UPDATE 1-Poland's PGNiG confirms interest in gas transit via Baltic Pipe

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WARSAW, Oct 31 (Reuters) - Poland’s state-run gas firm PGNiG said on Tuesday it has submitted an 8.1 billion zloty ($2.2 bln) binding offer to book capacity on the country’s planned gas link to Norway.

The Baltic Pipe, which will run via Denmark, is Poland’s flagship project aimed at reducing reliance on gas supplies from Russia.

PGNiG said its offer was to use the capacity for a 15-year period from 2022 when the pipeline is expected to open.

The company, which buys most of its gas from Russia’s Gazprom, did not say how of the pipeline’s capacity it has booked. Previously it has said it would book almost all of the Baltic Pipe’s expected annual capacity of 10 billion cubic metres.

An investment decision will be made next year on whether to go ahead and build the pipeline.

PGNiG’s bid was submitted as part of the so-called Open Season, a market survey by Polish and Danish gas system operators Gaz-System and to help confirm the extent of gas demand and the required capacity for the Baltic Pipe.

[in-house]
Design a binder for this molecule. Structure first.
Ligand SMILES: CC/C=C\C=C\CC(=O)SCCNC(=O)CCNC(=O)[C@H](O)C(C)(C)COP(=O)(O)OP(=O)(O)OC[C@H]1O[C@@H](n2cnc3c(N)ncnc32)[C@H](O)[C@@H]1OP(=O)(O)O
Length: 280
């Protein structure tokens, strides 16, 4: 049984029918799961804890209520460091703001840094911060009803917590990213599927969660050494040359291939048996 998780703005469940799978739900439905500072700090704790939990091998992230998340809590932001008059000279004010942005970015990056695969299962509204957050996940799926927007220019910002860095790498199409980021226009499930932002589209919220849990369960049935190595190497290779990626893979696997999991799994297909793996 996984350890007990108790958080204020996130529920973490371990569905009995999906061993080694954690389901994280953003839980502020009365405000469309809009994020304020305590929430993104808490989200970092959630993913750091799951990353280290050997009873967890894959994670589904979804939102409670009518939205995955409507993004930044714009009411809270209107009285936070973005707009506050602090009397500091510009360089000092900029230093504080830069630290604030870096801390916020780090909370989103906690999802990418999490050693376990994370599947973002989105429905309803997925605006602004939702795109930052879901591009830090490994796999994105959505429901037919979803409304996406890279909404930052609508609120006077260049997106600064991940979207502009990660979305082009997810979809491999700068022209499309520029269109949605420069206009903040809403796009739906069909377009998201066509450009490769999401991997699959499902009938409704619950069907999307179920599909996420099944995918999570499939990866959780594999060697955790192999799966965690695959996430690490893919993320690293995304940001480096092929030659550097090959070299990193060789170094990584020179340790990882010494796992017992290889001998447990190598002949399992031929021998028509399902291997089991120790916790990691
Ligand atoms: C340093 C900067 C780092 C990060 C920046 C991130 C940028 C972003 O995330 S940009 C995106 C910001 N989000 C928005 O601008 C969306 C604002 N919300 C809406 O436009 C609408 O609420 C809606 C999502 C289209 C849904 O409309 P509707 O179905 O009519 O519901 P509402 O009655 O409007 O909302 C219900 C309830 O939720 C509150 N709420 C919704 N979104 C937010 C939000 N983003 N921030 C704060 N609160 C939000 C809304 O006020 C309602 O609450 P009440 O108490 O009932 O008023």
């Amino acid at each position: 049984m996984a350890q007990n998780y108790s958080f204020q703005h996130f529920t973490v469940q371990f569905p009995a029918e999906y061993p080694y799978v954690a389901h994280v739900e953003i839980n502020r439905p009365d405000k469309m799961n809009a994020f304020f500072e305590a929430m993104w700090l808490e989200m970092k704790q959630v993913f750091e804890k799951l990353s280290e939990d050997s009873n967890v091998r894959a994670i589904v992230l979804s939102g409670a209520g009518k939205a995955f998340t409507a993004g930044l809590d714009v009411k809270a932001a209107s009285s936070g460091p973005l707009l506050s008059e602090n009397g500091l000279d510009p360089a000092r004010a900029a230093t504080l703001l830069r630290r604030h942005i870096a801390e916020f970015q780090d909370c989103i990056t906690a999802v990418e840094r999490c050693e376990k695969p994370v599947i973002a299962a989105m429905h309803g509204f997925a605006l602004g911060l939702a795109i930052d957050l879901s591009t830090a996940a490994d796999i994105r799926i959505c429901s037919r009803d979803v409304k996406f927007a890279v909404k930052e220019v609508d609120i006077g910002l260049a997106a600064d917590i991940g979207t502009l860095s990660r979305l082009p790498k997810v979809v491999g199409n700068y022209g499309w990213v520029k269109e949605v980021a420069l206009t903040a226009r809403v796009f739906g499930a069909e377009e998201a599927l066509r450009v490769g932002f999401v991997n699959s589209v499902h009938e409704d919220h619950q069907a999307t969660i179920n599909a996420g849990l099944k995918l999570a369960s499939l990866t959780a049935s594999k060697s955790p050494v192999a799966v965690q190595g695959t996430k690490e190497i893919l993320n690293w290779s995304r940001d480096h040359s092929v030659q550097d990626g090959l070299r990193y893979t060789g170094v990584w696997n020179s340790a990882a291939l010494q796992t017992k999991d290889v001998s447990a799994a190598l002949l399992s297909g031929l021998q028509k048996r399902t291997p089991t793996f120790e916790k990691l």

“Based on the positive result of the Open Season 2017, both Energinet and Gaz-System will continue their project activities in order to be able to deliver the first gas in 2022 if a positive investment decision is taken in 2018,” Energinet said in a statement.

The gas operators have not said whether companies other than PGNiG are interested in gas flows via the pipeline.

In June, Gaz-System and said total capital spending on the project would be 1.6 billion-2.1 billion euros, while the part to be covered just by Gaz-System was estimated at between 841 million euros and 1.1 billion euros.

Poland’s ruling conservative Law and Justice party (PiS) revived the plan for the pipeline, which dates back to 2001, in 2015 and said it was a top priority, but critics say it may not materialise since it will be not be profitable.

The Baltic Pipe’s capacity is expected at 10 billion cubic metres a year, compared to annual gas consumption in Poland at around 16 bcm and around 2.5 bcm in Denmark.

Final capacity agreements are expected to be signed by the end of January, after more studies on the project. ($1 = 3.6423 zlotys) (Reporting by Agnieszka Barteczko; Additional reporting by Stine Jacobsen in Copenhagen; Editing by Susan Fenton)